Swarm intelligence is a form of artificial intelligence that is inspired by behavior exhibited by social insects as well as bird flocks and wolf packs. This paper seeks to use swarm intelligence as a means of creating a model to coordinate a group of Unmanned Aerial Vehicles (UAVs) in order to suppress the spread of forest fires. A basic overview of the Particle-Swarm Optimization (PSO) and the Ant- Colony Optimization (ACO) heuristcs are provided as an introduction to the field. Digital pheromones are used to represent the fire in an abstract manner as well as providing a means of communication between the UAVs. A multi-agent simulation is developed in order to test the model. Three experiments are conducted to test various parameters used in the UAV model. It is found that the swarm size and the pheromone threshold both have a strong correlation with the end time of the simulation in addition to the size of the fire. Each experiment is run with random and non-random environmental conditions to create a basis for comparison. In the worst case, the UAV swarm was able to contain the fire 72.3% of the time while the best case contained the fire 90.9% of the time.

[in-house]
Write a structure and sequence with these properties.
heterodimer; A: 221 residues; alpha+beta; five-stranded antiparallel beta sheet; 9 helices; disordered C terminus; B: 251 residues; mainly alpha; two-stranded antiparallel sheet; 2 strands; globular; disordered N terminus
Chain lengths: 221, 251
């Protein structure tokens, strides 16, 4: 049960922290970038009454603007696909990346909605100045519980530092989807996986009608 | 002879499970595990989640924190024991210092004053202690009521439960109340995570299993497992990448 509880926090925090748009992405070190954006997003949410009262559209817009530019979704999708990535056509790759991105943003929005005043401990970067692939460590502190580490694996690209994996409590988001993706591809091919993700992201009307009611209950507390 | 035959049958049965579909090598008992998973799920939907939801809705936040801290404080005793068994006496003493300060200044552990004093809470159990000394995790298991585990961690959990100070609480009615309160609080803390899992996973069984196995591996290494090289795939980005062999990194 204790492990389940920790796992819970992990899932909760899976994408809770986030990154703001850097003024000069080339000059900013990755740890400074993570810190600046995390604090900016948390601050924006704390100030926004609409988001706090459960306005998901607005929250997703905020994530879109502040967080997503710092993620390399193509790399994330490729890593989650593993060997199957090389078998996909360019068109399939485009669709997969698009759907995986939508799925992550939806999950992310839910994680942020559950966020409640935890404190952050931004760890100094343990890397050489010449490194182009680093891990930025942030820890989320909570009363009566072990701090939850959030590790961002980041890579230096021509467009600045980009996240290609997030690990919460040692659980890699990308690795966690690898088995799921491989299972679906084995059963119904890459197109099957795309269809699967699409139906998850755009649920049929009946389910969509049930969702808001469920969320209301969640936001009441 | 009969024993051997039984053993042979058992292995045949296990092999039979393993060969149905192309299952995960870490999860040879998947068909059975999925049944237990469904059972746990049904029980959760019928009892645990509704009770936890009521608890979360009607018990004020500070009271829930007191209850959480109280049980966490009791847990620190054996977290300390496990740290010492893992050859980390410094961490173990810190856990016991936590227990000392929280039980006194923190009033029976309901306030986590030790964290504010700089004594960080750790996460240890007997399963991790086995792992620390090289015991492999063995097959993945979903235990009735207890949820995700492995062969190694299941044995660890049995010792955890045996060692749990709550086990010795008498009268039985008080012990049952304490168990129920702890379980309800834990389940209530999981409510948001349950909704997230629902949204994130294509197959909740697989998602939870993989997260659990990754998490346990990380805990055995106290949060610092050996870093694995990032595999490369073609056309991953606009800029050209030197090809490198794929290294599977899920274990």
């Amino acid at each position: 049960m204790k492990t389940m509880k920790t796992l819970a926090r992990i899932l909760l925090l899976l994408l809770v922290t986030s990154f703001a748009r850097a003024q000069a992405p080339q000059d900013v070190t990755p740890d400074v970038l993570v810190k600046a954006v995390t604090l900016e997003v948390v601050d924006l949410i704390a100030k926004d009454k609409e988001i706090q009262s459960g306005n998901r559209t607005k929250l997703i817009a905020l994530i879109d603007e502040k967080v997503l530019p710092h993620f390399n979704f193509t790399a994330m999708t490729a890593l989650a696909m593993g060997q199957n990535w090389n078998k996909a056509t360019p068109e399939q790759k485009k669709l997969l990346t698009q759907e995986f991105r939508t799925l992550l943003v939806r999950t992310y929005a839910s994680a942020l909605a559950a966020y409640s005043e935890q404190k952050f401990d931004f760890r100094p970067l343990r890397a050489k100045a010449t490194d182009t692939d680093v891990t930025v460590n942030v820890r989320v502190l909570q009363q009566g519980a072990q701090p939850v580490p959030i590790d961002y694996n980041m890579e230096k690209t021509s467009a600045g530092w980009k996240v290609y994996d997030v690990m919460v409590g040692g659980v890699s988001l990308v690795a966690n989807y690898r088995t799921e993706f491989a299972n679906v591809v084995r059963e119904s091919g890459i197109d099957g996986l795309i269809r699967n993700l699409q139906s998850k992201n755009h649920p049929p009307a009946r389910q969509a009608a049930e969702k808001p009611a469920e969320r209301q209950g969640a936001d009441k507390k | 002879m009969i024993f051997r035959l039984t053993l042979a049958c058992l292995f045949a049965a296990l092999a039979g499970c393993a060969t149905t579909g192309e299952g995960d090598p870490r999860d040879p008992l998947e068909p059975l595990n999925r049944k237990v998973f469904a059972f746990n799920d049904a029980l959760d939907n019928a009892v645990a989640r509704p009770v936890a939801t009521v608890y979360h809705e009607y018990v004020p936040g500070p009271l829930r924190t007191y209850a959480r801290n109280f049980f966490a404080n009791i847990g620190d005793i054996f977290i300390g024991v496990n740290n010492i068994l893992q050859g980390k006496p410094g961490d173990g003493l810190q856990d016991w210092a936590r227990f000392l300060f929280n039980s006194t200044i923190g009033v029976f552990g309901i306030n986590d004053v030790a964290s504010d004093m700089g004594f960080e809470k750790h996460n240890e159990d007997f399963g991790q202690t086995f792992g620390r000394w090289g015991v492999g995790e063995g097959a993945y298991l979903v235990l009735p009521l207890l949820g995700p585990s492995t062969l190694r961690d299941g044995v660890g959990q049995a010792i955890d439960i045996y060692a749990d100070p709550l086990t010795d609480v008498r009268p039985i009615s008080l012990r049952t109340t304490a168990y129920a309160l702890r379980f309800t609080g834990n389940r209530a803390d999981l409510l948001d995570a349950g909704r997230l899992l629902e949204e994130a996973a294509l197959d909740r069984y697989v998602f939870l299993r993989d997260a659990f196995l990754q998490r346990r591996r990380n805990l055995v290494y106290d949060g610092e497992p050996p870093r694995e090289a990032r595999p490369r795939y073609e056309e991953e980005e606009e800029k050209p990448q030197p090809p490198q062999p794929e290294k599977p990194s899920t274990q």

Norris, Daniel, "We Didn't Start the Fire! Applying Swarm Intelligence to Unmanned Aerial Vehicles for Forest Fire Suppression" (2010). Senior Independent Study Theses. Paper 808.
Artificial Intelligence and Robotics
Bachelor of Arts
Senior Independent Study Thesis
© Copyright 2010 Daniel Norris